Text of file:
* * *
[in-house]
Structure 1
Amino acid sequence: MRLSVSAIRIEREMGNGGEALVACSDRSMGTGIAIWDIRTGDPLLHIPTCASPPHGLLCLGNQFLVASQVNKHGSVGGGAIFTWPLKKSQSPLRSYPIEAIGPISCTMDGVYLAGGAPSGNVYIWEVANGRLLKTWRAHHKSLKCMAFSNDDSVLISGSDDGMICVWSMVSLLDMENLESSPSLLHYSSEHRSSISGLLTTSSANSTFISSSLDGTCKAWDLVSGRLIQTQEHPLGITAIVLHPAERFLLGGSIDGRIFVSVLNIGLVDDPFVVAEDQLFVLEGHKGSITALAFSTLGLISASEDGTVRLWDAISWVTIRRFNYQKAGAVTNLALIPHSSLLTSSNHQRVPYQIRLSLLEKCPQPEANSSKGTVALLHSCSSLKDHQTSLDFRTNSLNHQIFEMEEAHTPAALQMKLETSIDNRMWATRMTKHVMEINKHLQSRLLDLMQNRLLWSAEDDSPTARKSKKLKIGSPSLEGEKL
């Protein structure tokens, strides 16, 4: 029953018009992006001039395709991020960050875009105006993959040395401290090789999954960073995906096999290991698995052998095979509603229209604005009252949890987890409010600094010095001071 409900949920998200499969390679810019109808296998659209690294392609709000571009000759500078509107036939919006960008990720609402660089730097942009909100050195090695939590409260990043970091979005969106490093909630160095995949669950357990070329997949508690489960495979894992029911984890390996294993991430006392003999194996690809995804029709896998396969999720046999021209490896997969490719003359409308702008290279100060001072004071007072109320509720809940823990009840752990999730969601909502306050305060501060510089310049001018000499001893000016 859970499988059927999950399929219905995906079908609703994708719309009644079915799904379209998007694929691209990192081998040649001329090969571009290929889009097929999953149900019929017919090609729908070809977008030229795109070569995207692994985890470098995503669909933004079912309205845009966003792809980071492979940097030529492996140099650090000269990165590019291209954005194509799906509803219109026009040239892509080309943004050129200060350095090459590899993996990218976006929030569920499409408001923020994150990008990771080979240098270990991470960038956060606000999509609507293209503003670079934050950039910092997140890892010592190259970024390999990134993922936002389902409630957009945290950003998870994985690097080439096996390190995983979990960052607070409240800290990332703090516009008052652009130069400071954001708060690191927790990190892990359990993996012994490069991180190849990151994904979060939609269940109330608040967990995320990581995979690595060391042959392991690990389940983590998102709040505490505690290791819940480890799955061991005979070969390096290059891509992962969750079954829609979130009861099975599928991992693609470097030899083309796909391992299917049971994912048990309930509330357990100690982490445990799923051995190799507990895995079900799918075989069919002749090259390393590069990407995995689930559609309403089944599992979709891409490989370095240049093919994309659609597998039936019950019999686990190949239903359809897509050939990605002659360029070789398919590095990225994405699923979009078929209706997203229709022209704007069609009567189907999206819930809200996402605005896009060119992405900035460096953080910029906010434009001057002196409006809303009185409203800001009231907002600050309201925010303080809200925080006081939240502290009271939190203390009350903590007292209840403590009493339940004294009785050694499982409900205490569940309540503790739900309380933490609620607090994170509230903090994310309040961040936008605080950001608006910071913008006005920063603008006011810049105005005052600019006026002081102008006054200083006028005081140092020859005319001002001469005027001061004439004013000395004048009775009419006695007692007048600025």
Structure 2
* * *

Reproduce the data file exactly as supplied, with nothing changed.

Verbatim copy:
[in-house]
Structure 1
Amino acid sequence: MRLSVSAIRIEREMGNGGEALVACSDRSMGTGIAIWDIRTGDPLLHIPTCASPPHGLLCLGNQFLVASQVNKHGSVGGGAIFTWPLKKSQSPLRSYPIEAIGPISCTMDGVYLAGGAPSGNVYIWEVANGRLLKTWRAHHKSLKCMAFSNDDSVLISGSDDGMICVWSMVSLLDMENLESSPSLLHYSSEHRSSISGLLTTSSANSTFISSSLDGTCKAWDLVSGRLIQTQEHPLGITAIVLHPAERFLLGGSIDGRIFVSVLNIGLVDDPFVVAEDQLFVLEGHKGSITALAFSTLGLISASEDGTVRLWDAISWVTIRRFNYQKAGAVTNLALIPHSSLLTSSNHQRVPYQIRLSLLEKCPQPEANSSKGTVALLHSCSSLKDHQTSLDFRTNSLNHQIFEMEEAHTPAALQMKLETSIDNRMWATRMTKHVMEINKHLQSRLLDLMQNRLLWSAEDDSPTARKSKKLKIGSPSLEGEKL
């Protein structure tokens, strides 16, 4: 029953018009992006001039395709991020960050875009105006993959040395401290090789999954960073995906096999290991698995052998095979509603229209604005009252949890987890409010600094010095001071 409900949920998200499969390679810019109808296998659209690294392609709000571009000759500078509107036939919006960008990720609402660089730097942009909100050195090695939590409260990043970091979005969106490093909630160095995949669950357990070329997949508690489960495979894992029911984890390996294993991430006392003999194996690809995804029709896998396969999720046999021209490896997969490719003359409308702008290279100060001072004071007072109320509720809940823990009840752990999730969601909502306050305060501060510089310049001018000499001893000016 859970499988059927999950399929219905995906079908609703994708719309009644079915799904379209998007694929691209990192081998040649001329090969571009290929889009097929999953149900019929017919090609729908070809977008030229795109070569995207692994985890470098995503669909933004079912309205845009966003792809980071492979940097030529492996140099650090000269990165590019291209954005194509799906509803219109026009040239892509080309943004050129200060350095090459590899993996990218976006929030569920499409408001923020994150990008990771080979240098270990991470960038956060606000999509609507293209503003670079934050950039910092997140890892010592190259970024390999990134993922936002389902409630957009945290950003998870994985690097080439096996390190995983979990960052607070409240800290990332703090516009008052652009130069400071954001708060690191927790990190892990359990993996012994490069991180190849990151994904979060939609269940109330608040967990995320990581995979690595060391042959392991690990389940983590998102709040505490505690290791819940480890799955061991005979070969390096290059891509992962969750079954829609979130009861099975599928991992693609470097030899083309796909391992299917049971994912048990309930509330357990100690982490445990799923051995190799507990895995079900799918075989069919002749090259390393590069990407995995689930559609309403089944599992979709891409490989370095240049093919994309659609597998039936019950019999686990190949239903359809897509050939990605002659360029070789398919590095990225994405699923979009078929209706997203229709022209704007069609009567189907999206819930809200996402605005896009060119992405900035460096953080910029906010434009001057002196409006809303009185409203800001009231907002600050309201925010303080809200925080006081939240502290009271939190203390009350903590007292209840403590009493339940004294009785050694499982409900205490569940309540503790739900309380933490609620607090994170509230903090994310309040961040936008605080950001608006910071913008006005920063603008006011810049105005005052600019006026002081102008006054200083006028005081140092020859005319001002001469005027001061004439004013000395004048009775009419006695007692007048600025």
Structure 2